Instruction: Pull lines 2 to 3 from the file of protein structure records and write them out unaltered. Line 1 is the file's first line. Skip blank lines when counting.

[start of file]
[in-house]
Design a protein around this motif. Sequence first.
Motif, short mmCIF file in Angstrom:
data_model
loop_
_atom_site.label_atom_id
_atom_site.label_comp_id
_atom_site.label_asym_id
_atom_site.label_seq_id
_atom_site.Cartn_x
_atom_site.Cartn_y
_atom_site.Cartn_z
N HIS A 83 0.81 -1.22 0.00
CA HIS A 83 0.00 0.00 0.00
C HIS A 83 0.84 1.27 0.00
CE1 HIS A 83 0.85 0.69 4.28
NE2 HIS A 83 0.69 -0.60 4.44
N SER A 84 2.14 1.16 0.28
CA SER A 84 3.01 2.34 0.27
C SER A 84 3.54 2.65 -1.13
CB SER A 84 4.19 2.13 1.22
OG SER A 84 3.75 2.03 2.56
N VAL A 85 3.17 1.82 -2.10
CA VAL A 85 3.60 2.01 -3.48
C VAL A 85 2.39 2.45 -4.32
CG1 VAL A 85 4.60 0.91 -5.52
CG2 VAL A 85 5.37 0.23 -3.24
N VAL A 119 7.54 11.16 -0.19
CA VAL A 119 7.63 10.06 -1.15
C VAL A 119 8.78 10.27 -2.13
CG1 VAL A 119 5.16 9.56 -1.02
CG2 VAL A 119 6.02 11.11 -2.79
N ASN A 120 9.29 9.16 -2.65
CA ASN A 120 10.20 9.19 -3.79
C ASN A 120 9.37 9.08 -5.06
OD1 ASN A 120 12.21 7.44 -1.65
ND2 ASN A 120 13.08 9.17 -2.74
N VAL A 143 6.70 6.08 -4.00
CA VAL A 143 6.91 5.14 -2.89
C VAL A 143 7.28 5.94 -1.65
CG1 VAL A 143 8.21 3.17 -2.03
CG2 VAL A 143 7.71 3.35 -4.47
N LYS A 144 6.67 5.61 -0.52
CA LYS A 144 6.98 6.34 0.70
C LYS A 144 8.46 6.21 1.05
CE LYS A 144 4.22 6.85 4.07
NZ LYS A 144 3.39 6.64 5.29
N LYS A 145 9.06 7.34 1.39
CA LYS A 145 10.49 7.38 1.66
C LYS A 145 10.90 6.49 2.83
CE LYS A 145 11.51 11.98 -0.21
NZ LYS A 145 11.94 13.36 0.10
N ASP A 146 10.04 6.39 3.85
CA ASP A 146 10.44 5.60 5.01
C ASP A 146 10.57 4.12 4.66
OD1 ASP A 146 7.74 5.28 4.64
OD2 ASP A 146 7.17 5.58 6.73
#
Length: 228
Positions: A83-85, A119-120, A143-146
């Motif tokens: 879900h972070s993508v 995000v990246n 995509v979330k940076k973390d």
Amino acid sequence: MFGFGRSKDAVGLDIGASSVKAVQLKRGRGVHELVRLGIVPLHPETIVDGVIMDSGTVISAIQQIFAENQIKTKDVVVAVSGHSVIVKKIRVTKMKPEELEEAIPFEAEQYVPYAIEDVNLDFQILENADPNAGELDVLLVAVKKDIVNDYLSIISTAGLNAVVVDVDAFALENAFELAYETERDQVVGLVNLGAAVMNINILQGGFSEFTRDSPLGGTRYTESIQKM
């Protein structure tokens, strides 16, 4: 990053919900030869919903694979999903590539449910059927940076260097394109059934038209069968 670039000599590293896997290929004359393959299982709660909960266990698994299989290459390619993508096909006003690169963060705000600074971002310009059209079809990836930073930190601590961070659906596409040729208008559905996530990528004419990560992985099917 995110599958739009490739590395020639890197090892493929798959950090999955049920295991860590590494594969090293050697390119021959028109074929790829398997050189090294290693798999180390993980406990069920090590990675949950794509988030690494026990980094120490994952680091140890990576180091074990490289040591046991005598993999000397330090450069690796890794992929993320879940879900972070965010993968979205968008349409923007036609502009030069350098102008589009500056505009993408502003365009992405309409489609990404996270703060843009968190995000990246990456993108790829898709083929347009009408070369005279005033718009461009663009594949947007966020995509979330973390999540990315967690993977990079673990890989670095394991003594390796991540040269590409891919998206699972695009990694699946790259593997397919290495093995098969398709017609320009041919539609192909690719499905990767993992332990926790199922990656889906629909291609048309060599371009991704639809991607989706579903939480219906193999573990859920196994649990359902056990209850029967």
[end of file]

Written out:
Design a protein around this motif. Sequence first.
Motif, short mmCIF file in Angstrom: